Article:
Fired Cleveland Clinic physician apologizes for anti-Semitic comments

A former Cleveland Clinic physician who was fired from the institution for posting anti-Semitic comments on social media released a formal apology in a letter through her lawyer, Time reports.

Lara Kollab, MD, worked as a supervised resident at the Cleveland Clinic from July through September 2018, but is no longer employed by the system, according to a Dec. 31 statement from the institution.

Dr. Kollab faced criticism last week after a string of tweets made between 2011 and 2013 were made public. The comments included derogatory references to Jewish people, among other statements. In one tweet, she claimed she would purposely give Jewish patients the wrong medications.

Cleveland Clinic said in an updated Jan. 2 statement that when it learned of Dr. Kollab's social media posts, it "took immediate action, conducted an internal review and placed her on administrative leave. Her departure was related to those posts and she has not worked at Cleveland Clinic since September."

In her apology letter obtained by Time, Dr. Kollab said she became "incensed at the suffering of the Palestinians under the Israeli occupation" after traveling to Palestine and Israel every summer as a teenager.

"As a girl in my teens and early twenties, I had difficulty constructively expressing my intense feelings about what I witnessed in my ancestral land. Like many young people lacking life experience, I expressed myself by making insensitive remarks and statements of passion devoid of thought, not realizing the harm and offense these words would cause," she said in her apology.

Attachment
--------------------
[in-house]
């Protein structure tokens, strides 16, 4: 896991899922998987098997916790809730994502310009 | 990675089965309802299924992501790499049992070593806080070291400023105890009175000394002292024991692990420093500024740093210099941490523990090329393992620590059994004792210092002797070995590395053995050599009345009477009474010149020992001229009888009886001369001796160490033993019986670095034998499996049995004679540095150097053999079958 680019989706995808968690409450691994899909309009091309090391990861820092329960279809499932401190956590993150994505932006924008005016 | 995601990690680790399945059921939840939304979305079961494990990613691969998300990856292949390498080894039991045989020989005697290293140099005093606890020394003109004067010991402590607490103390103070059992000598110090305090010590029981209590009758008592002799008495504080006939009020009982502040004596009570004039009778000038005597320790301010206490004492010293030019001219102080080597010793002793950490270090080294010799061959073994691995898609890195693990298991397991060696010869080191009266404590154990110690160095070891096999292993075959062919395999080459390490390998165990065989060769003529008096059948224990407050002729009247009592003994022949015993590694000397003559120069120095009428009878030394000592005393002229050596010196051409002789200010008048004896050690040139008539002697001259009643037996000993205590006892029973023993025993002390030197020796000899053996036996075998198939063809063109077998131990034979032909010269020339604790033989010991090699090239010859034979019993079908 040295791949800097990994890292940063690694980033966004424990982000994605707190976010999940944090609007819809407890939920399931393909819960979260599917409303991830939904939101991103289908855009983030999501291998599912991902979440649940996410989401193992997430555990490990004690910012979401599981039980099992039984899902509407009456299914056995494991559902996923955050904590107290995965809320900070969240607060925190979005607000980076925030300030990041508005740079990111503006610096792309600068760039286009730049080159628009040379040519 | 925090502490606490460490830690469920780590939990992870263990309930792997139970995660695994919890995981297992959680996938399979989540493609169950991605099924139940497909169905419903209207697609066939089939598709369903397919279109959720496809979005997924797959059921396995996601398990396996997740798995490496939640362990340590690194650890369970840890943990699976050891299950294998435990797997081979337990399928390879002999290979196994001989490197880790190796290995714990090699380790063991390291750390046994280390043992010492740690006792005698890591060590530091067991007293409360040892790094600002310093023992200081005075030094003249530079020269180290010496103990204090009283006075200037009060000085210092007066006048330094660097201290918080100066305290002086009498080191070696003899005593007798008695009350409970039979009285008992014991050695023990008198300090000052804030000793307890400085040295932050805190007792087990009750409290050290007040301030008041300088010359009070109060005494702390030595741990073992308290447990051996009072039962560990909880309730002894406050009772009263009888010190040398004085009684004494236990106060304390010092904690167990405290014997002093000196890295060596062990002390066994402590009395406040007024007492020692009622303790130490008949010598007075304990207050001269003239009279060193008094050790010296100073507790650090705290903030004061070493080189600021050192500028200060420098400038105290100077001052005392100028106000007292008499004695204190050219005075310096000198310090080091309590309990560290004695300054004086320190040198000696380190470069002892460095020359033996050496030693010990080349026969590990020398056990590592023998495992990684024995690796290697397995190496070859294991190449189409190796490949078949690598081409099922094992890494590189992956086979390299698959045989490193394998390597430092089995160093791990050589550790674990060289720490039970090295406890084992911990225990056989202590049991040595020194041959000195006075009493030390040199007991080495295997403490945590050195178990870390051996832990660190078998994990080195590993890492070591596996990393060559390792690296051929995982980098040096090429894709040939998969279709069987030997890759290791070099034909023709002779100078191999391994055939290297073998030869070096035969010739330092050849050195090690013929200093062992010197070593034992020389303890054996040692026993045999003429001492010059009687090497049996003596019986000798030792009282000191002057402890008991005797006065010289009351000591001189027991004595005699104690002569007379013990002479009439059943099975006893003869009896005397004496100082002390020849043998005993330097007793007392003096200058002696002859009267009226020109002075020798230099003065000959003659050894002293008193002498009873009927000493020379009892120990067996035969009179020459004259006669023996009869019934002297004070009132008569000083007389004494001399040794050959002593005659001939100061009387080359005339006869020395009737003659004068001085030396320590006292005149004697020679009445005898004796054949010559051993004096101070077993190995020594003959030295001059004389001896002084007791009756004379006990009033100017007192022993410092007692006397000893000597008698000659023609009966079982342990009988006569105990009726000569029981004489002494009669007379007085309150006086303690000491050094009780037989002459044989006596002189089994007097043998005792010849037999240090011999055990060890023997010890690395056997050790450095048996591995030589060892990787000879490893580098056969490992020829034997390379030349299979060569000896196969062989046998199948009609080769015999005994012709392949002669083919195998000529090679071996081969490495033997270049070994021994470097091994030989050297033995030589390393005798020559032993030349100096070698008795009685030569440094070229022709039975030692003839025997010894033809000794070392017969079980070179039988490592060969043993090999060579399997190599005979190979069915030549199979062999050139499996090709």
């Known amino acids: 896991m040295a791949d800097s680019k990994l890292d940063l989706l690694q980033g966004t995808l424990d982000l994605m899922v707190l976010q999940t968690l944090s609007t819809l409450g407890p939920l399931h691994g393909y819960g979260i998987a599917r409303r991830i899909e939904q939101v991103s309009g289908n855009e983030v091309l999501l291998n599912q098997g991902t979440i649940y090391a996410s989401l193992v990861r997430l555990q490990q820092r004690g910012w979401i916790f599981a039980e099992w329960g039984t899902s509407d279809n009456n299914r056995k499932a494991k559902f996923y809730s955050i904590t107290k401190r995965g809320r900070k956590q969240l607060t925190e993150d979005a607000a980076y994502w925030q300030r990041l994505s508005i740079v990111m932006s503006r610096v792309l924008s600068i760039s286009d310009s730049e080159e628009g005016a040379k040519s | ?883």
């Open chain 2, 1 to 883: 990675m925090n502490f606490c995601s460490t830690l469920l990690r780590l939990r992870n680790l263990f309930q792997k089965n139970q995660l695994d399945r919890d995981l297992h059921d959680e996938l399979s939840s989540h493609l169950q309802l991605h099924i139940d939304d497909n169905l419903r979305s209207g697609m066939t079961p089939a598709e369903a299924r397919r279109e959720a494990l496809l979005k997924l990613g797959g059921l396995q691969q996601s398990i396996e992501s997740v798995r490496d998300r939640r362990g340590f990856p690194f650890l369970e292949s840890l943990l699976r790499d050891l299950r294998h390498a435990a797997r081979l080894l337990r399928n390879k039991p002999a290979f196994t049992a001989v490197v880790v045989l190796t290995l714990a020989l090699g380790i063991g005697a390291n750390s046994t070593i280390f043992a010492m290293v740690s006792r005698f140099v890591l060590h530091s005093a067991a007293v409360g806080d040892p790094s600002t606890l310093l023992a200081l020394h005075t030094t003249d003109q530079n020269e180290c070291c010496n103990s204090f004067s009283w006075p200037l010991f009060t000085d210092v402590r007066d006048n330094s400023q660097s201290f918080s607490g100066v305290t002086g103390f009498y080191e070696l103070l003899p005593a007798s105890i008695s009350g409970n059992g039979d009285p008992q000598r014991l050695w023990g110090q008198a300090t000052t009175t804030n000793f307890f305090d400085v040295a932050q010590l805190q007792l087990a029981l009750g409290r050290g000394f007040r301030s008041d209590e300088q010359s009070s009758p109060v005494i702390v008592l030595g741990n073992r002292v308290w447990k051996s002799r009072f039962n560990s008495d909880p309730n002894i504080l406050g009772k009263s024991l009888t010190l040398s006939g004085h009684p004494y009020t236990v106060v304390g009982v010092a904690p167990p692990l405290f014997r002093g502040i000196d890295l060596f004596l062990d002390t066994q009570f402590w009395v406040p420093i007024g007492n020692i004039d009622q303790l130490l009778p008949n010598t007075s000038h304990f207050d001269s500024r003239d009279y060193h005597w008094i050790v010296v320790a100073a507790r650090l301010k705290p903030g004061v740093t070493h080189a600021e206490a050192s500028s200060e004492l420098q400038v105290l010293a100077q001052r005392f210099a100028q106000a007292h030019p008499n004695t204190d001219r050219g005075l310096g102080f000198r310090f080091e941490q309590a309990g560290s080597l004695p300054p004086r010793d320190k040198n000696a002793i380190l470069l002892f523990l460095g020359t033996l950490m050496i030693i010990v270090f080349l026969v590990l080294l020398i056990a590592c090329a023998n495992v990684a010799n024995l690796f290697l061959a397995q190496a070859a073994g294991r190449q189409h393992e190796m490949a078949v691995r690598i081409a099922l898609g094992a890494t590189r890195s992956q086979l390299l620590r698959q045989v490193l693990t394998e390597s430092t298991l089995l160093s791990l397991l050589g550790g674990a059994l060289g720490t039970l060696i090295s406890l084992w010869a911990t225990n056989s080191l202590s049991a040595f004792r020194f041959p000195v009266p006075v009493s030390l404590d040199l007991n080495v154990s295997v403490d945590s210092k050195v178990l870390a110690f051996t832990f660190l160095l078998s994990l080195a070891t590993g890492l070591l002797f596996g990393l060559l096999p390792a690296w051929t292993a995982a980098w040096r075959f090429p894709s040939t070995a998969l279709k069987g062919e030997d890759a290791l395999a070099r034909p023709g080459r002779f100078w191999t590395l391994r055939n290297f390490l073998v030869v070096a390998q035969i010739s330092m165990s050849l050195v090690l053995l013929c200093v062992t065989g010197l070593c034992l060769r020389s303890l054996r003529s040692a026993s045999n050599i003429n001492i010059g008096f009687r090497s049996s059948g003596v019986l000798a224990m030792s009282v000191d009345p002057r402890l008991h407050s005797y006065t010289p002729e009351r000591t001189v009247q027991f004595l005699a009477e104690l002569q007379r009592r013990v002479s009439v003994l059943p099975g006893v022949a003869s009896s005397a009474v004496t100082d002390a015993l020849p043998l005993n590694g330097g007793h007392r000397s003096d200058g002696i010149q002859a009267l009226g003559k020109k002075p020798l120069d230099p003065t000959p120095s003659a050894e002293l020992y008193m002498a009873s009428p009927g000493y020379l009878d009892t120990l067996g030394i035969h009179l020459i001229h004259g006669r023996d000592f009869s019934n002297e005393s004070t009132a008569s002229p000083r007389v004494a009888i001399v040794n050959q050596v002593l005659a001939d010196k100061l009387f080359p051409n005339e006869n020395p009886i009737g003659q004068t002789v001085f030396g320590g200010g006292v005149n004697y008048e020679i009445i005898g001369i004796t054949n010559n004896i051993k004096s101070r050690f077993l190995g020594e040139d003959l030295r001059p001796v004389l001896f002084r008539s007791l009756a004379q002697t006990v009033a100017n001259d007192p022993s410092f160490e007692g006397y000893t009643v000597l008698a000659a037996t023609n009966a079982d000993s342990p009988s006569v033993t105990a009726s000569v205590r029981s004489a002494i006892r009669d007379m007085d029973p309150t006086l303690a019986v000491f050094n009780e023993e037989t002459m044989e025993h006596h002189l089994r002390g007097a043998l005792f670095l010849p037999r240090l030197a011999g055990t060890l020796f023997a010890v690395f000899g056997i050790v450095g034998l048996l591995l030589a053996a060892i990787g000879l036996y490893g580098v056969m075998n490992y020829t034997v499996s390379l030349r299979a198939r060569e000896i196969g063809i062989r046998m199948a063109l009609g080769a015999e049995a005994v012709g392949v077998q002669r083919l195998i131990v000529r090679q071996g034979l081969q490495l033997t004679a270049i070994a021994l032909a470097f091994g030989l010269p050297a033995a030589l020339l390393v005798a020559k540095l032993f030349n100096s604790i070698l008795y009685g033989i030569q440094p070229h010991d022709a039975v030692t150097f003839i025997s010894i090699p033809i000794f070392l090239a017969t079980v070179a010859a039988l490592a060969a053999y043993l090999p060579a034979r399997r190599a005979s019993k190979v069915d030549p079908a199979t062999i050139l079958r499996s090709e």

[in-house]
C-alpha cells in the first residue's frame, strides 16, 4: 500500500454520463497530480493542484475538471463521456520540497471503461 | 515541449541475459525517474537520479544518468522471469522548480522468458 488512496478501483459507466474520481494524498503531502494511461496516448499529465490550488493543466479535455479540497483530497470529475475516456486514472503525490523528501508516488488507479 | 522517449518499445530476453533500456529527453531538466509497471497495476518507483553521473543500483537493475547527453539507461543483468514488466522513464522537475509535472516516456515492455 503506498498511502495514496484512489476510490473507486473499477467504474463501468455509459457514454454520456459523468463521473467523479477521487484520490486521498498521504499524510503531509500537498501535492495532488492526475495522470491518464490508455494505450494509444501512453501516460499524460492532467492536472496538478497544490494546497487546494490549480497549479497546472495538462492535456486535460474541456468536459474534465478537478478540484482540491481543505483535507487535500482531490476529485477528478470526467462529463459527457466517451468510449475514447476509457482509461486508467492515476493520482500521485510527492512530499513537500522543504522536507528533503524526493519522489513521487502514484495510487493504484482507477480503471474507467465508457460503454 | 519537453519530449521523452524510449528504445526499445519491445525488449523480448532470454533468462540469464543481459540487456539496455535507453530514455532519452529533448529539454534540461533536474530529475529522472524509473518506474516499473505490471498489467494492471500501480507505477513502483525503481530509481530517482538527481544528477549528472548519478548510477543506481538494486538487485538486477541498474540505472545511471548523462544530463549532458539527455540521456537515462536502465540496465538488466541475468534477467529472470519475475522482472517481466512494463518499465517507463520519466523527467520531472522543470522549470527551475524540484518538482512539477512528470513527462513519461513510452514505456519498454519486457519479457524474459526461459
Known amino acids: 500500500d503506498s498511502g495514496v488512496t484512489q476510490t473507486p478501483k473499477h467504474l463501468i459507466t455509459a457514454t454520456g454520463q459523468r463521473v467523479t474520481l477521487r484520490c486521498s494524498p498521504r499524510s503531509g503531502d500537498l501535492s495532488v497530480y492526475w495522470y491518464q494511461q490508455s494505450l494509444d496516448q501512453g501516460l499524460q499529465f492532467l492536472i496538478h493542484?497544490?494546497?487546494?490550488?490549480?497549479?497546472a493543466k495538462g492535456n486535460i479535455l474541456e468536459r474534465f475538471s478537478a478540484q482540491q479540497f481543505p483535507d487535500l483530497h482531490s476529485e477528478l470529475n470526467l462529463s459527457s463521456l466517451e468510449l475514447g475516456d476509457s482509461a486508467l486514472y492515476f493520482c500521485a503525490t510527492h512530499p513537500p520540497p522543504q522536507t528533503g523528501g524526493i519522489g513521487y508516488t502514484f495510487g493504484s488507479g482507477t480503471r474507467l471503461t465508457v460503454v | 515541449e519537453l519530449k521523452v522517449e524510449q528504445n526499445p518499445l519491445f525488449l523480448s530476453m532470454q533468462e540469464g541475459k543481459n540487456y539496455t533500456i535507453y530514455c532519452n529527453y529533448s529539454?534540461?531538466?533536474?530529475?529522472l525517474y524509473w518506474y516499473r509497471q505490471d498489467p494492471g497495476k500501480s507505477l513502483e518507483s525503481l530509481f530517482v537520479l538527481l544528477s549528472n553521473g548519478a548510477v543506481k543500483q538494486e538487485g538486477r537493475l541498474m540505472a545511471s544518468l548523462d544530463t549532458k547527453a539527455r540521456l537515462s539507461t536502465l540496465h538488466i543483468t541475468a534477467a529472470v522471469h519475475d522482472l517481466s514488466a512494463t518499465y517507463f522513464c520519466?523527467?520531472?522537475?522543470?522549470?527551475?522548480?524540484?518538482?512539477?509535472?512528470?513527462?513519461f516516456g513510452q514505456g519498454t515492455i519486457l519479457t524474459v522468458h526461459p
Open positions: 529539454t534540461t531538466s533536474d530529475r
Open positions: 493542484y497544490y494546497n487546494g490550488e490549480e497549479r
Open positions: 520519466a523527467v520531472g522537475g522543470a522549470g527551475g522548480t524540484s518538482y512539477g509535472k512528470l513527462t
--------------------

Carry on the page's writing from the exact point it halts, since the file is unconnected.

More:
"I matured into a young adult during the years I attended college and medical school, and adopted strong values of inclusion, tolerance and humanity. I take my profession and the Hippocratic Oath seriously and would never intentionally cause harm to any patient seeking medical care. As a physician, I will always strive to give the best medical treatment to all people, regardless of their race, religion, ethnicity or culture," she continued.

To access the full report, click here.

More articles on physician integration issues:
Quorum management contract cause for concern among Vermont hospital physicians, staff
Not enough physicians are joining startups, says AMA CEO
Survey provides insights into how oncologists are managing stress, value-based care and advanced practice providers

© Copyright ASC COMMUNICATIONS 2021. Interested in LINKING to or REPRINTING this content? View our policies by clicking here.


Featured Whitepapers

Featured Webinars